News archive for "Geomedia"

People who own or have access to a holiday home are called “the invisible population” because they can be difficult to reach in the event of a crisis. Geomedia researchers at Karlstad University emphasise the importance of increasing the knowledge regarding how crisis communication from authorities needs to reach temporary populations. Holiday homes are a significant part of Swedish tourism.
Xin Liu, senior lecturer in gender studies at Karlstad University, receives funding for her research from Geomedia to write the book ”Making Air Smart: The Sociotechnical Imaginaries of Atmospheric Data”. Xin Liu, in what way is this project connected to Geomedia? - It examines the production, imaginaries, experiences, and implications of atmospheric data, which includes environmental data such as air quality index, remote sensing data of forest, and radar scan of atmosph

Geomedia summary 2023

News » 2023-12-13
It's time to look back on 2023 – the second year for the Center for Geomedia Studies. First and foremost, I want to thank you for all the valuable contributions and efforts that collectively build our shared research environment! The examples below, taken from our news feed, provide a glimpse of what we were up to during 2023. But much more also took place. New externally funded projects started – others continued. A new Geomedia Phd, Henrik Bergius, joined us.
- Propaganda is what media and communication research has focused on in Russia – the discourse that I’m looking at was fairly unexplored before the start of the war, says Svetlana Chuikina. In her doctoral thesis, “(Re)constructing Russian anti-war movements.
The Mediatization of Space through navigational interfaces, or: the digital map as a symptom of (almost) everything that has happened with media. After a phase of “spatial forgetfulness,” media and communication studies have revisited the intersection of media, space, and place, challenging earlier views of media inherently transcending geographical constrains leading to spatial annihilation and the disappearance of distance.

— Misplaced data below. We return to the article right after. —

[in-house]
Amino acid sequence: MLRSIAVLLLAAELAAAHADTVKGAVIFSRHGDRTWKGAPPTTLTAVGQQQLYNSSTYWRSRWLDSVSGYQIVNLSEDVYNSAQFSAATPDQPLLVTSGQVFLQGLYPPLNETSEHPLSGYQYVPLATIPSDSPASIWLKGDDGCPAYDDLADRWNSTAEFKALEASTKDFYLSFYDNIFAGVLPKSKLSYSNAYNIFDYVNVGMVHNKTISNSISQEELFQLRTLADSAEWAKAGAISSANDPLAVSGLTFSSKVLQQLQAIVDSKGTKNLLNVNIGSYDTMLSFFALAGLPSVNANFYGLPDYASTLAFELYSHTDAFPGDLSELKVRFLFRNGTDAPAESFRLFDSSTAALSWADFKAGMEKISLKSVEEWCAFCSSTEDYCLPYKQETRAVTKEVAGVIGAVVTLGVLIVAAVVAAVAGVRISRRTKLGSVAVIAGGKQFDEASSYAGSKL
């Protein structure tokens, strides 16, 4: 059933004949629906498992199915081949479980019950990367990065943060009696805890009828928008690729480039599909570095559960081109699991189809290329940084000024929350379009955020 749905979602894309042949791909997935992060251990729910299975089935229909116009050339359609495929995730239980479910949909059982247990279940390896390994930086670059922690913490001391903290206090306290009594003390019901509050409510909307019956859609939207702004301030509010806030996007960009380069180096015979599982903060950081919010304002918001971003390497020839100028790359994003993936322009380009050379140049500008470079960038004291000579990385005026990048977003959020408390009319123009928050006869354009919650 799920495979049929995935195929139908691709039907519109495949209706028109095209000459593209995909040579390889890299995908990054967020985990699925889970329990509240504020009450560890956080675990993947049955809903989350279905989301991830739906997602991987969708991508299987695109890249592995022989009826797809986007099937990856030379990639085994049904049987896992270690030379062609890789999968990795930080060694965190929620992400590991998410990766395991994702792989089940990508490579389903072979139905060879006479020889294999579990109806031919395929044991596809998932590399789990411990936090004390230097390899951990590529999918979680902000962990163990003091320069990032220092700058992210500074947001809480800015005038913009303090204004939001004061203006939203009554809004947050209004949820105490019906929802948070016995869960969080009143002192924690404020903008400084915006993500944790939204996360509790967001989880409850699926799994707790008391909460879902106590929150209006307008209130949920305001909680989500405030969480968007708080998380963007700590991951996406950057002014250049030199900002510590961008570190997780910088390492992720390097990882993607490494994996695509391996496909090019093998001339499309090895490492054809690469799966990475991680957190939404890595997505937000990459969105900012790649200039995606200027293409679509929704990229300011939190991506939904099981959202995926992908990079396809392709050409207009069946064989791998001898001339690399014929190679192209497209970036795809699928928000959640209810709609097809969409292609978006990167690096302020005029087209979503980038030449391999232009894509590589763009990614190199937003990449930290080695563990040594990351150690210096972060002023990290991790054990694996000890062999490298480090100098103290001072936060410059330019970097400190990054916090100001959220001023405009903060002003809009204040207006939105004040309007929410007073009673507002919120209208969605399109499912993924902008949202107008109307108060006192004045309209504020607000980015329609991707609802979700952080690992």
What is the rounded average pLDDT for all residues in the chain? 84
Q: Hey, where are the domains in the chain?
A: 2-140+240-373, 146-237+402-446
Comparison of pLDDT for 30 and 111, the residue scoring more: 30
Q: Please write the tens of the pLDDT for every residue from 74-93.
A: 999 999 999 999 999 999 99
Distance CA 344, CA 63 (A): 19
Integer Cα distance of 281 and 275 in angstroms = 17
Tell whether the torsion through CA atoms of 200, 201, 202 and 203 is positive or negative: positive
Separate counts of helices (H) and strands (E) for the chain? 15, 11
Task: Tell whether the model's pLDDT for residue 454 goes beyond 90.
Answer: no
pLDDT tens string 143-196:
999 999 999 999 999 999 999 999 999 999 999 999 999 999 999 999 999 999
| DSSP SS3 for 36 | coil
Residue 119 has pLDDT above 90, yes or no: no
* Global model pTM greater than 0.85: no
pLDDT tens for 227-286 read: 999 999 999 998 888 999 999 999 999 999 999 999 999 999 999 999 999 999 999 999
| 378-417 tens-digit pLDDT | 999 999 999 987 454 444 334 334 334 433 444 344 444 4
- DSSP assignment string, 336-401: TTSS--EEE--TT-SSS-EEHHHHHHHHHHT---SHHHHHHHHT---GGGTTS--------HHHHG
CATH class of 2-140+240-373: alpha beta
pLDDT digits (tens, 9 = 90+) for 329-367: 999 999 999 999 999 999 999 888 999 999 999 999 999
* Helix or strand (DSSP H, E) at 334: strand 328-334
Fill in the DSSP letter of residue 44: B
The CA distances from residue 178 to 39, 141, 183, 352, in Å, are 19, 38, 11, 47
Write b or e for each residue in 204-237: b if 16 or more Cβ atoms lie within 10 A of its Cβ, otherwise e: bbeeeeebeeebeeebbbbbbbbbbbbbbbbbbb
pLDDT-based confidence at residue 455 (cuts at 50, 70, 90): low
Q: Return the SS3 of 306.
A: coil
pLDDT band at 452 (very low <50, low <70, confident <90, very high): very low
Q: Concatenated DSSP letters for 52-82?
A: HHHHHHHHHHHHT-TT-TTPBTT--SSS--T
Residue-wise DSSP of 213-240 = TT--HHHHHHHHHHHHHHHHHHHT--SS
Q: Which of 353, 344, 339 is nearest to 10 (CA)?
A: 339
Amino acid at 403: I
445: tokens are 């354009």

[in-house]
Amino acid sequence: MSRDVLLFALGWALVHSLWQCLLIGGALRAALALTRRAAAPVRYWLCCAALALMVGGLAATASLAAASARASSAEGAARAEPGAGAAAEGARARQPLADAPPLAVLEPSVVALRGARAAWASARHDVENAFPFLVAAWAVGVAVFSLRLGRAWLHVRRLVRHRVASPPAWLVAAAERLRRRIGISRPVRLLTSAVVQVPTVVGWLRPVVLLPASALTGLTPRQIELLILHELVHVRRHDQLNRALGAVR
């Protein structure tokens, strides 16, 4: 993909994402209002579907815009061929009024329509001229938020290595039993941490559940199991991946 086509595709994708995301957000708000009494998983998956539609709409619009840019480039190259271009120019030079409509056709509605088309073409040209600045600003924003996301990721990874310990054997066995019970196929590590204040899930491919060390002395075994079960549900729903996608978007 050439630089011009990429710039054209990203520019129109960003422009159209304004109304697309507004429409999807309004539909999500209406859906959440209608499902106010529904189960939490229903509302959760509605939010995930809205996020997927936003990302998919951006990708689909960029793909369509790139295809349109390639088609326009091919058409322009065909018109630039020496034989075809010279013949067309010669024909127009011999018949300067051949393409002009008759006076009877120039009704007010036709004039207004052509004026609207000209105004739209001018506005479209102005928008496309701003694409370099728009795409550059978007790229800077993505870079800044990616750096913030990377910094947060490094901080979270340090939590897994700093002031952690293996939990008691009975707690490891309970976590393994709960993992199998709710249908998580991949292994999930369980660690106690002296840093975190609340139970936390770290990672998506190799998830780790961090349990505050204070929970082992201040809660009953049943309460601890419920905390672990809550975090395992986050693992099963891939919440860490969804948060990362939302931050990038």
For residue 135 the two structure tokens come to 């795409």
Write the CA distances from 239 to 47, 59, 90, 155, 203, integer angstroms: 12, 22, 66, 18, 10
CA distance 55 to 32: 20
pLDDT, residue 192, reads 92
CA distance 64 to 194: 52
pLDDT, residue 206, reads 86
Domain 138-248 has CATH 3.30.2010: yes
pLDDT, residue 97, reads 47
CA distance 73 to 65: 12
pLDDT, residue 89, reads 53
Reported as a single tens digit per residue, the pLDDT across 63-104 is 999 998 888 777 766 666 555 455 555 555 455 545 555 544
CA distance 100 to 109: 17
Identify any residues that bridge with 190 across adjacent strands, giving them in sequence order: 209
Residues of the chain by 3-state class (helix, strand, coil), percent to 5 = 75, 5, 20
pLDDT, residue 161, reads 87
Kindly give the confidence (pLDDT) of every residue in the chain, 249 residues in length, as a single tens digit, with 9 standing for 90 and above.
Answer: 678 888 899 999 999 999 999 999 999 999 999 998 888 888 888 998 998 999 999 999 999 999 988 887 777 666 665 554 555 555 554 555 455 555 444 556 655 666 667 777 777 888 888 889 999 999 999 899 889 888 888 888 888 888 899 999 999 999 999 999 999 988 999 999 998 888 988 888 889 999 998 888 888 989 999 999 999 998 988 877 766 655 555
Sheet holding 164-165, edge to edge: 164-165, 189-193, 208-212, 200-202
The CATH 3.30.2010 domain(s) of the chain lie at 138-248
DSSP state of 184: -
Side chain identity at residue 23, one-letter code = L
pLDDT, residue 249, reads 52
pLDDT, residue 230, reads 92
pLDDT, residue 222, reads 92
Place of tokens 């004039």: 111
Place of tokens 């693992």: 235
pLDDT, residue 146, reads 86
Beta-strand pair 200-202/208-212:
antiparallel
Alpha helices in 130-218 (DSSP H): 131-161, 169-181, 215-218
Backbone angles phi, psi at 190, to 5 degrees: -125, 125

Briefly tell us about your background - Academically socialized in media studies, last year I became a professor of design theory at Burg Giebichenstein University of Art and Design in the city of Halle, Germany. Before that, I worked as a scientific coordinator of the interdisciplinary research school "Locating Media" at University of Siegen that had a strong focus on researching location- and situation-specific media processes by means of location- and situation-specific methods.
Richard Ek, professor in human geography at Karlstad University, tell us about the Indigeneity and Visual Sovereignty conference held in Cape Town 27–28 April 2023 - The conference theme was “visual sovereignty”, which includes ways for indigenous communities around the world to have ownership and control of for instance materials and photo archives that depict their history, culture, language, and identity.

Geomedia Higher Seminar

News » 2023-05-08